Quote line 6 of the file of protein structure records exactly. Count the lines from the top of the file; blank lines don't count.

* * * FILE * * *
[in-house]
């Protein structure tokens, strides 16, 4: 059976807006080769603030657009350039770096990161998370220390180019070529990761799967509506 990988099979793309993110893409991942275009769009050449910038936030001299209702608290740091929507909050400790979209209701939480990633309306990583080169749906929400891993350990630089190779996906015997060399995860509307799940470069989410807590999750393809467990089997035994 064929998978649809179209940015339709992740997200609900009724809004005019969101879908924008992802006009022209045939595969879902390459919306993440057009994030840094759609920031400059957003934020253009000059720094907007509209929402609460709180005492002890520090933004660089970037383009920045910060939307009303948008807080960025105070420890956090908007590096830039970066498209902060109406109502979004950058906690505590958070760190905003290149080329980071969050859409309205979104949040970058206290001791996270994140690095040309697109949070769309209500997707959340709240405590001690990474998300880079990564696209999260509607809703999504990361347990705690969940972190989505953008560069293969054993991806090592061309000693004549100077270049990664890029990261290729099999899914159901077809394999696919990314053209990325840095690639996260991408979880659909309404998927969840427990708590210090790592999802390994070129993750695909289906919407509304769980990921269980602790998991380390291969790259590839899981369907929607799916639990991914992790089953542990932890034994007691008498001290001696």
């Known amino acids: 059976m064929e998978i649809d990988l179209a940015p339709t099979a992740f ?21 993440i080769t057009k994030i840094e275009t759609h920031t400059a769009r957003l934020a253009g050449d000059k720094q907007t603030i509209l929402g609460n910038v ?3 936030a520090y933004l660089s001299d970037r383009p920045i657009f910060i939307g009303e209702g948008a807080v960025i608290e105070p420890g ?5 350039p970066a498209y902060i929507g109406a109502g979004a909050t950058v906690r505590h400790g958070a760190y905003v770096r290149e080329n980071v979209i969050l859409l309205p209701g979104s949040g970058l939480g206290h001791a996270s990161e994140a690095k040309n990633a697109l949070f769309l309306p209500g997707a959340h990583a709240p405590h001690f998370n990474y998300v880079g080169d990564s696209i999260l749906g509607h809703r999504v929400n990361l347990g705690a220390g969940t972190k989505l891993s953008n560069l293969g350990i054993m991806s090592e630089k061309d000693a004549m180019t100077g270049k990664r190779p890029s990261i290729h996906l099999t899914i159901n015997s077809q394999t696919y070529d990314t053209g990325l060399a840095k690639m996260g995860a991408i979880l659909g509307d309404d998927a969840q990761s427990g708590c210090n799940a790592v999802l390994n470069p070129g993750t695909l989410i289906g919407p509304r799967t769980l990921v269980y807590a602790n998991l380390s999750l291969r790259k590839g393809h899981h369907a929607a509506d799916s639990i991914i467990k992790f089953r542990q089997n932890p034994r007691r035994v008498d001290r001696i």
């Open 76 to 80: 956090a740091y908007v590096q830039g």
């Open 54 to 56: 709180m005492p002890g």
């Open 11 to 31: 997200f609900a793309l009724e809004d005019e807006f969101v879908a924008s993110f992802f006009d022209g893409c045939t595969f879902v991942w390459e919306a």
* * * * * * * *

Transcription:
């Open 11 to 31: 997200f609900a793309l009724e809004d005019e807006f969101v879908a924008s993110f992802f006009d022209g893409c045939t595969f879902v991942w390459e919306a």